Generally Root logins are fully denied via FTP unless you force them to work. FTP authentication and transfers are done in plaintext. There's no encryption of your root password as it's transmitted at all. This is why all ftp daemons deny root login by default.
You *can* enable on some FTPds, but it's generally a really really really bad idea. If you truly need to access files as root on your server, you should look into an ftp client that supports SCP/SFTP (essentially FTP tunneled through SSH). They'll let you do what you want, without the security issues involved.
I'll second that - enabling root logins on any protocol is a bad idea, on one that uses plaintext authentication it's just plain madness.
We're going to need more information to debug your ProFTPd problems - what error message are you getting out of the FTP server? 530 Login incorrect?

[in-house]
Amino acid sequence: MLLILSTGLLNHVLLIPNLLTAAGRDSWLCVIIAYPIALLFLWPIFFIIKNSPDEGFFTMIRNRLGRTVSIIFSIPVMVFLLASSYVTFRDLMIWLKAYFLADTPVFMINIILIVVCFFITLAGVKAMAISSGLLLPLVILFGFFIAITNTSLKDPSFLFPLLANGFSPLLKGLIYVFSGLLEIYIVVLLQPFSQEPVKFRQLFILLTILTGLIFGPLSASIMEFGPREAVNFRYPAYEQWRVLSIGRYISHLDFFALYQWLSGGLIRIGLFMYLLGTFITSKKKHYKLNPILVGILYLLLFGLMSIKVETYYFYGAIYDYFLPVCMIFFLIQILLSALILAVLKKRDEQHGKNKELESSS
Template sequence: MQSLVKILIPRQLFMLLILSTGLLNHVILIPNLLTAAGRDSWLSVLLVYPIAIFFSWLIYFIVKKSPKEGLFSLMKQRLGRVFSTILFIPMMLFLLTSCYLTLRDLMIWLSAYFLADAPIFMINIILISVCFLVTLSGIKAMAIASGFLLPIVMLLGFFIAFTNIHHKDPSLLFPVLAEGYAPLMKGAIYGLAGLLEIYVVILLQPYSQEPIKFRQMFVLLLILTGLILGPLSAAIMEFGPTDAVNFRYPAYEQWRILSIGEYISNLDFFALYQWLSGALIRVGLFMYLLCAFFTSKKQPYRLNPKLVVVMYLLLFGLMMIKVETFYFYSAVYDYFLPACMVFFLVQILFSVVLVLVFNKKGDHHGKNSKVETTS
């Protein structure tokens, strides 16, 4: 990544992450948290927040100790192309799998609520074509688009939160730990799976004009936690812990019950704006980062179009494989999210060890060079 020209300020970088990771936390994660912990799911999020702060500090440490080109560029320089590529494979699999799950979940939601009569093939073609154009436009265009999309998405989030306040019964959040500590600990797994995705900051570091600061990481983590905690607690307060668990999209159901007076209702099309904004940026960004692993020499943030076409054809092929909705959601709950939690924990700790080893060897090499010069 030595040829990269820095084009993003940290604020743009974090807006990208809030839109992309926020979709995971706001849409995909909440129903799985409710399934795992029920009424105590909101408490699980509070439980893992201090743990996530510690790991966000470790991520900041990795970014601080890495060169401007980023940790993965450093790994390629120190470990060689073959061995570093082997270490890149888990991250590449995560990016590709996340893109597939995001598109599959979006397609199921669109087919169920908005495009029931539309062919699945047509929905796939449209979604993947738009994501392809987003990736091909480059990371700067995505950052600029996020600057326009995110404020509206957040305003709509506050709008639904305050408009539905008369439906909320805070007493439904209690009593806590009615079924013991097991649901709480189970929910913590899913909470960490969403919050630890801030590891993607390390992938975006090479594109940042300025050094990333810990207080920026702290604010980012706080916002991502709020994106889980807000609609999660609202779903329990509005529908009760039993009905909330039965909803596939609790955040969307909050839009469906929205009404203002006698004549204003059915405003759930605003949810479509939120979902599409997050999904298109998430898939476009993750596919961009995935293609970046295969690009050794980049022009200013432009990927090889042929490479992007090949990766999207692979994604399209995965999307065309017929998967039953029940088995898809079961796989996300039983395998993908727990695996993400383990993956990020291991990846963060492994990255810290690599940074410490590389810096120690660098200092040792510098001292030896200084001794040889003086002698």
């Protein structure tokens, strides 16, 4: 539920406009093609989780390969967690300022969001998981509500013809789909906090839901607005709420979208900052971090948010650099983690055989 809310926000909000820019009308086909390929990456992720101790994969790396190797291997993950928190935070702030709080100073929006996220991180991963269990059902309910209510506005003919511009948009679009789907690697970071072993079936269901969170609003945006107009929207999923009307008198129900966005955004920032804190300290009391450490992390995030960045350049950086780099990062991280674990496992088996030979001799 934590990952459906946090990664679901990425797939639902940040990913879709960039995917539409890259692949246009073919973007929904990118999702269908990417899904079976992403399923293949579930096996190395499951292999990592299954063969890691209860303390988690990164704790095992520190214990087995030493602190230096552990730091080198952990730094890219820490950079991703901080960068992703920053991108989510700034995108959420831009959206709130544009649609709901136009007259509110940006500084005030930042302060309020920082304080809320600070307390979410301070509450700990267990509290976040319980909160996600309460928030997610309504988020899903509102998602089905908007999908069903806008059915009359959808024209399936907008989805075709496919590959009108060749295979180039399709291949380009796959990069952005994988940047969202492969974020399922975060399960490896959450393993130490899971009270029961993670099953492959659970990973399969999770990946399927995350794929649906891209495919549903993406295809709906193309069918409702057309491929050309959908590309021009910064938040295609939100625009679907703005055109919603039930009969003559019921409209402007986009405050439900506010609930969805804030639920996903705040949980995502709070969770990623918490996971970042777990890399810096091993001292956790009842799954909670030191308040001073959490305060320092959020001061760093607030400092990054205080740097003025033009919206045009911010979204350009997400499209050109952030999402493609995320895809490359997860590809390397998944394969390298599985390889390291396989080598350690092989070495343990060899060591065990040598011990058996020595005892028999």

You can probably glean a bit more information from looking at proftpd's log files - on Ubuntu these are normally found in /var/log/proftpd - if you paste the last few lines of your log file from when you're trying to login we might be able to help further.
Agreed, we'll need to know what's in the logs when you try to connect. Now what *should* be happening here, is that when you add a user via webmin, the user is then added to /etc/passwd and /etc/shadow. Now ProFTPD should look at that file for authentication.
From the commandline you can do 'grep <username /etc/passwd'. Verify that the home directory mentioned in the password file actually exists as well. If you don't find it in the password file, well then that's your problem.
However keep in mind, this is just basic speculation and without knowing what's in the logs, it's simply that, speculation.